Architecture, sculpture, painting, music, poetry and dance are the six art forms. The seventh art is about light, sound and moving images. It is called cinema. Cinema is real. It is not mere fantasy. Martin Scorsese writes, whenever I hear people dismiss movies as ‘fantasy’ and make a hard distinction between film and life, I think to myself that it’s just a way of avoiding the power of cinema. Cinema is so special for some.  “Most creation myths start with darkness, and then the real beginning comes with light.” Cinema is an obsession; “you take one shot, you put it together with another shot, and you experience a third image in your mind’s eye that doesn’t really exist in those two other images”, writes Scorsese. Cinema is important. Some moving images can be really moving experiences. Cinema transmits the DNA of its time.  Those who like films are dormant filmmakers.  Filmmaking is a process. It encompasses contents, images, expressions, and language. It is a process that converts money into light, sound and motion in the hope that this will bring some money so that more light, sound and motion can be produced.  At the end of the day are images flickering on a wall”.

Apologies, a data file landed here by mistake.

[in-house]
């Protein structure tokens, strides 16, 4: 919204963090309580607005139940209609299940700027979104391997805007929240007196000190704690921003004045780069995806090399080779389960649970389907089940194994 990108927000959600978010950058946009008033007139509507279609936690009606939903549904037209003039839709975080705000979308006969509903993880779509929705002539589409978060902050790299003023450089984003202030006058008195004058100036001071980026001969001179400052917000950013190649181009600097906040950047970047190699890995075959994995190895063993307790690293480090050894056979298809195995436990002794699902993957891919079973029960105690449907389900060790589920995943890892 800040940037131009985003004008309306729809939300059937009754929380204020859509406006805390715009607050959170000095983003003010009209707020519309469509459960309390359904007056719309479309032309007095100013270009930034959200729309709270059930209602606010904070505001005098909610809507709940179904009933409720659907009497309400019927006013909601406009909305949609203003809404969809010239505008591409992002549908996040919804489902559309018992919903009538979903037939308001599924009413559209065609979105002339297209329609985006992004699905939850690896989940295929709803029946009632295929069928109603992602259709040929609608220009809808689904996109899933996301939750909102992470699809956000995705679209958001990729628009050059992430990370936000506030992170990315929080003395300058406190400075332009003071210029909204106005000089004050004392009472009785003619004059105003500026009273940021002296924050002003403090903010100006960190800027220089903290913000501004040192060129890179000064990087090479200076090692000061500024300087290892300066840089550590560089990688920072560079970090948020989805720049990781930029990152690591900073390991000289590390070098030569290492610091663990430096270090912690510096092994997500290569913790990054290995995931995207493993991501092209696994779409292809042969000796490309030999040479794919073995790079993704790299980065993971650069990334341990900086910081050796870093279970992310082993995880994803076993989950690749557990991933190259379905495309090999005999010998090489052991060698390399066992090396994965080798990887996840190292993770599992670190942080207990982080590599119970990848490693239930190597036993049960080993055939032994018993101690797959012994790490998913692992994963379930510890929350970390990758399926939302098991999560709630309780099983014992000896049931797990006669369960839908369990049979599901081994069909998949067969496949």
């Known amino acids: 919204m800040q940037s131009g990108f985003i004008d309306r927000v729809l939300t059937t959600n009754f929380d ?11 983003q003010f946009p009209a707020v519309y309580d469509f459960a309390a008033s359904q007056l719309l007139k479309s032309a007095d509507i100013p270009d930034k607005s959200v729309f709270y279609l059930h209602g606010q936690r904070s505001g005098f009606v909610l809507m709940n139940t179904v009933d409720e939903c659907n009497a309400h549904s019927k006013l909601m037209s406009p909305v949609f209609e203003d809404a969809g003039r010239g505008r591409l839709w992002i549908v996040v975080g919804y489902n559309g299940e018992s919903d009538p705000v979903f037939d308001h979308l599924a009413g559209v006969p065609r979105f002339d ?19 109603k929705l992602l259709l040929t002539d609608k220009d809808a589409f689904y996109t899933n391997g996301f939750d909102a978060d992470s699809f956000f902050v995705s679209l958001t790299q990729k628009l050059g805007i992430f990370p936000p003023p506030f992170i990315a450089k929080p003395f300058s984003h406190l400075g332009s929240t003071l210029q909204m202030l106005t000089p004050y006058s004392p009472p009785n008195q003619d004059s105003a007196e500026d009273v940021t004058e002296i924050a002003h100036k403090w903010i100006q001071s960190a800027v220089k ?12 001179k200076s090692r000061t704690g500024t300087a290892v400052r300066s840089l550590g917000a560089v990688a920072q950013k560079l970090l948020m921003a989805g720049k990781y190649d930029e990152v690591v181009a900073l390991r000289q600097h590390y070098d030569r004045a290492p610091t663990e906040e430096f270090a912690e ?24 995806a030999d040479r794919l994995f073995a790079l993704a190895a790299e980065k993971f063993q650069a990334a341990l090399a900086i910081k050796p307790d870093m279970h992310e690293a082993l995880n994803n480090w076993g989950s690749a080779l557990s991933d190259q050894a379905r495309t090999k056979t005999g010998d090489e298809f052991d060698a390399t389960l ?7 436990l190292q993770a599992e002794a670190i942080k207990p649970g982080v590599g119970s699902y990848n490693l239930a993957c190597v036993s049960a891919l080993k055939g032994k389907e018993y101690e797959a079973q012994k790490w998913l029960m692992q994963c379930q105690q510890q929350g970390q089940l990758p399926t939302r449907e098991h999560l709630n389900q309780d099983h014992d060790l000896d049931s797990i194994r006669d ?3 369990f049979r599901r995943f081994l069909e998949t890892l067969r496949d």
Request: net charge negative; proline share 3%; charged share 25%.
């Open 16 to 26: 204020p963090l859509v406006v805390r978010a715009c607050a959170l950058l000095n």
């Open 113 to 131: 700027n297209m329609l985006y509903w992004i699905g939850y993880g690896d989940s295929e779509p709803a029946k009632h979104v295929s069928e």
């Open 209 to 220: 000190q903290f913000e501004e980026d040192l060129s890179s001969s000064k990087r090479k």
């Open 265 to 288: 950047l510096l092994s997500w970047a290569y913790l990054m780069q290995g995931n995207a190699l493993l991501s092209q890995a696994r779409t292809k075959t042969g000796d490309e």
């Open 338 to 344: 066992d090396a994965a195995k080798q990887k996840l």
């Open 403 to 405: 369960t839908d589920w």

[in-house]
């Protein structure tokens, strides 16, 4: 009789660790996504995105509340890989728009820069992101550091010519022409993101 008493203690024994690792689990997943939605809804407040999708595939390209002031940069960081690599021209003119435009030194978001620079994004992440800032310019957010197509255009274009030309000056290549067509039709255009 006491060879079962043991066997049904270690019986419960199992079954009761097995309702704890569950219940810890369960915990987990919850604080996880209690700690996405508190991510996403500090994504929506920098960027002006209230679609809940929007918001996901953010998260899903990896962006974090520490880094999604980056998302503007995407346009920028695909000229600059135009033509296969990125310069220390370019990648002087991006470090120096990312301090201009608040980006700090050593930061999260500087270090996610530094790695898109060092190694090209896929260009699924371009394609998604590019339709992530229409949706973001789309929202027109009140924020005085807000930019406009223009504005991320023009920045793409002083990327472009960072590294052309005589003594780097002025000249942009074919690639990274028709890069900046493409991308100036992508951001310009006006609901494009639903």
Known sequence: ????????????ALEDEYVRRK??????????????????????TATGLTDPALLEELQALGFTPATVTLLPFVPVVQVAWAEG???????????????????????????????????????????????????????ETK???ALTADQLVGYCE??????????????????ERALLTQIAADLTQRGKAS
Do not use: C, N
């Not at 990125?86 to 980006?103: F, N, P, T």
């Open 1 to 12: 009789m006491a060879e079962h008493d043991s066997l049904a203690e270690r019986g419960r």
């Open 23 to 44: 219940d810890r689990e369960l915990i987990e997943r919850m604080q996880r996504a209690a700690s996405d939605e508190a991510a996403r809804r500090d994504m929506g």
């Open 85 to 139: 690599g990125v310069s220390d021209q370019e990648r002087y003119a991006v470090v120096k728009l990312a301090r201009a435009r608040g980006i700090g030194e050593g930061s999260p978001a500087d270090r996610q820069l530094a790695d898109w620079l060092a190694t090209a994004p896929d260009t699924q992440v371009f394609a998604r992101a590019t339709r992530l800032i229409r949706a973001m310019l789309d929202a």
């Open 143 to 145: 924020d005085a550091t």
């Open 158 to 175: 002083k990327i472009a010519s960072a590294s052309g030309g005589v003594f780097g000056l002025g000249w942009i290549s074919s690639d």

In the silent era, expression was the only language used in the movies. Language was added to make the film more expressive. If too much ‘language’ is added, it becomes a cacophony. Some movie makers know the language of filmmaking. They know the meaning of ‘judicious’ and ‘restrain’, whether it is in the use of language or light or sound. Actor is an important part of a film. We are grateful to the actors who know how not to become larger than the context. They know how to emote in the minimum possible space. A good director can see a particular sequence in the context of the whole film. A good director can describe a film much better, because he can see the whole of it much before it is completed. Frank Darabont has aptly described the feeling of a filmmaker: “The amazing thing about any movie is not whether it’s good, but that it got made at all.” Box office grosses can’t be the only criteria to judge a film. “Now, the cycles of popularity are down to a matter of hours, minutes, seconds, …”

Those who have seen films from the front stall know how exciting the ‘cinema chalo’ experience can be. One sits among people with smelly shirts, torn seat covers, filth, ‘paan’ spittoons, inborn talent for whistling and loads of enthusiasm. Someone very rightly said, “those in the cheaper seats clap, the rest rattle their jewellery”.  In the age of multiplexes, some of us miss those ‘cheaper six anna seats’ . Some of us miss the ‘silver jubilee’ and the ‘house full’. Watching a film in a comfortable hall is not always fun if it is empty.

“The length of a film should be directly related to the endurance limit of your bladder,” advised Alfred Hitchcock. I, therefore, must stop.

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